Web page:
*goes off to make a random compilation of mythical stories*
    *Scrap that, I have my essay on Yanagi Soetsu to do*

  • Alex Weaver

    I read somewhere that he was arrested for “economic crimes”, whatever that means.

    Not what it should, I can pretty much guarantee that. >.>

  • bric

    Two of the Summer Palace heads turned up in the Estate Sale of Yves Saint-Laurent

  • bric

    Re #2 – this does appear to be true, it’s part of the build-up to the 90th Anniversary of the founding of the Chinese Communist party on 1st July

  • bric

    Re #2 again – out of curiosity I Googled Yanagi Soetsu, and it turns out the book on mingei I have been trying to remember for years is his ‘The Unknown Craftsman’ – thank you so much for your apparently irrelevant remark!

  • Hu Zeng

    In China, the past several years saw a strong popularity, especially among Chinese youths, of net novels (stories posted on line first before real book publication), a lot of them featured time traveling. Most of time, they tell stories about a man/woman mysteriously go back to an ancient Chinese dynasty and achieve some amazing things partly because of his/her “advanced” knowledge. Honestly, I found some of them a little bit cheesy and over the top. So many of this sort of fantasy also make time-traveling overused and banal. But to ban them outright is just ridiculous. Maybe the regime is annoyed that so many people are still obsessed about the glorious Chinese past, but not its recent “successful” rule. A typical paranoid reaction.

  • Ebonmuse

    If the Chinese government deserves credit for anything, it’s that they genuinely have lifted tens of millions of people out of poverty through economic reforms (although, I’ve heard, they continue to publicly maintain that China is officially a communist state, despite this being obviously untrue).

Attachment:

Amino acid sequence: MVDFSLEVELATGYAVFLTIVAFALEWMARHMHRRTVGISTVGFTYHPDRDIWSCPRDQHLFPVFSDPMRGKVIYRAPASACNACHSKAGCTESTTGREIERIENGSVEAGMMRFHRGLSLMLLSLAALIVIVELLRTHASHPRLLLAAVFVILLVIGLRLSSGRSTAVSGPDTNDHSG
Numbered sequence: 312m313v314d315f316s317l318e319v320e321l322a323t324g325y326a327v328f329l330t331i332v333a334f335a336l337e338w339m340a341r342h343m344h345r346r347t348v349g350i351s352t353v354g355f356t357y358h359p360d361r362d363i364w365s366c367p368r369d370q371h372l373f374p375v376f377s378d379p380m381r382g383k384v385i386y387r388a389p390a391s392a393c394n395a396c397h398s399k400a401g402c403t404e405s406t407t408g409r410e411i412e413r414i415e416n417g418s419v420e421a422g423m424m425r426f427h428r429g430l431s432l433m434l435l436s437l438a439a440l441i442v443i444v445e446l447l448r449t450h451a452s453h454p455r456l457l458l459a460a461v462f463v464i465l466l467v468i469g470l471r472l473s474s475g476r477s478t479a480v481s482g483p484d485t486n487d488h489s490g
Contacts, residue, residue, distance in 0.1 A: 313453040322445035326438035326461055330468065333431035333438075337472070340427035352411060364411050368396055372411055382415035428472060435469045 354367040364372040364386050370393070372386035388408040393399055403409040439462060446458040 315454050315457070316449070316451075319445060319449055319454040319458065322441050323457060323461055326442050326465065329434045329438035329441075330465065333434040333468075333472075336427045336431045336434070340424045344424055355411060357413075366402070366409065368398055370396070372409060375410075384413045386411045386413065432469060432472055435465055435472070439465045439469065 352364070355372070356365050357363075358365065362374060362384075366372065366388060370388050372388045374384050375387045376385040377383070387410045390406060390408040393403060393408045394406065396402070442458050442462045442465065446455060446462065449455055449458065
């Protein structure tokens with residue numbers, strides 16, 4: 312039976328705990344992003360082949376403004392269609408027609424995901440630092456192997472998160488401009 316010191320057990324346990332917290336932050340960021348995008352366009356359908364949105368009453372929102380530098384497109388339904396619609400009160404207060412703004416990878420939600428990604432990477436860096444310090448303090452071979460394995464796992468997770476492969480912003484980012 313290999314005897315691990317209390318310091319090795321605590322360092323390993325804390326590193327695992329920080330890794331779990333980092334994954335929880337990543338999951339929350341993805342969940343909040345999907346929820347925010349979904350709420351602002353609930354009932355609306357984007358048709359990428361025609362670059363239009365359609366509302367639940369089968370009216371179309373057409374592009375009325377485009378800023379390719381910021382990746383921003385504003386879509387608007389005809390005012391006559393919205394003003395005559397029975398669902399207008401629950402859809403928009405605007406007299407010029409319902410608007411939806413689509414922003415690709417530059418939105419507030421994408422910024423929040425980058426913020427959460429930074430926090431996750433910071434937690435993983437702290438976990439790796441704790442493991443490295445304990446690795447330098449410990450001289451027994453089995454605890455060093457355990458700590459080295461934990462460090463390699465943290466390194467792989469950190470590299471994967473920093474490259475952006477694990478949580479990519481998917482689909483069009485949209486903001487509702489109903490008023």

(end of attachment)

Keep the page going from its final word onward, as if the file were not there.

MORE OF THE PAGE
Still, the belligerence with which they react to even the most tentative and peaceful efforts at political reform, such as Liu Xiaobo and Charter08, is astounding to me, as is the colossal effort they put into censoring the internet. What do they hope to achieve? There’s no Iron Curtain anymore; millions of Chinese people go abroad, travel the world, work in other countries. They must know perfectly well about the freedoms available in the wider world and how human rights are denied to the citizens of China. Does the government really think that they can prevent this from becoming common knowledge among the people?

  • Hu Zeng

    Economically, China is almost as capitalistic as US. Politically it’s still more like a socialist country. It’s an odd hybrid. Undoubtedly, poverty reduction is the biggest achievement of the government. But our standard obviously can’t stay at simply eliminating abject poverty.

    I think Chinese government is smart enough to know they can’t possibly block everything outside. However, there are 1.3 billion+ people, most of them have never been abroad. The government still has absolute control of conventional media and substantial grip on internet. Most importantly government also controls education. So their strategy seems to ensure that majority of people know things, largely sanitized, from outside. Then through school indoctrination (our mandatory “politics” curriculum runs from junior high to phD) and media propaganda, they consistently emphasize that “western style” democracy and its ideals don’t suit China. China is so unique that we don’t need to and better not adopt these western luxuries or hypocrites (such as human rights defined by US) . We have to develop and already found a successful “Chinese style” alternative. Don’t be surprised, many Chinese people buy this rhetoric.

  • Rollingforest

    In adopting Capitalism and Nationalism while keeping its dictatorship, China today is probably better described as a fascist nation rather than a communist one. And that is actually a good thing for America. The Cold War was less a competition between two nations and more a competition between two ideologies. China today has little interest in spreading Communism, which makes it easier for the United States to find common ground outside of China.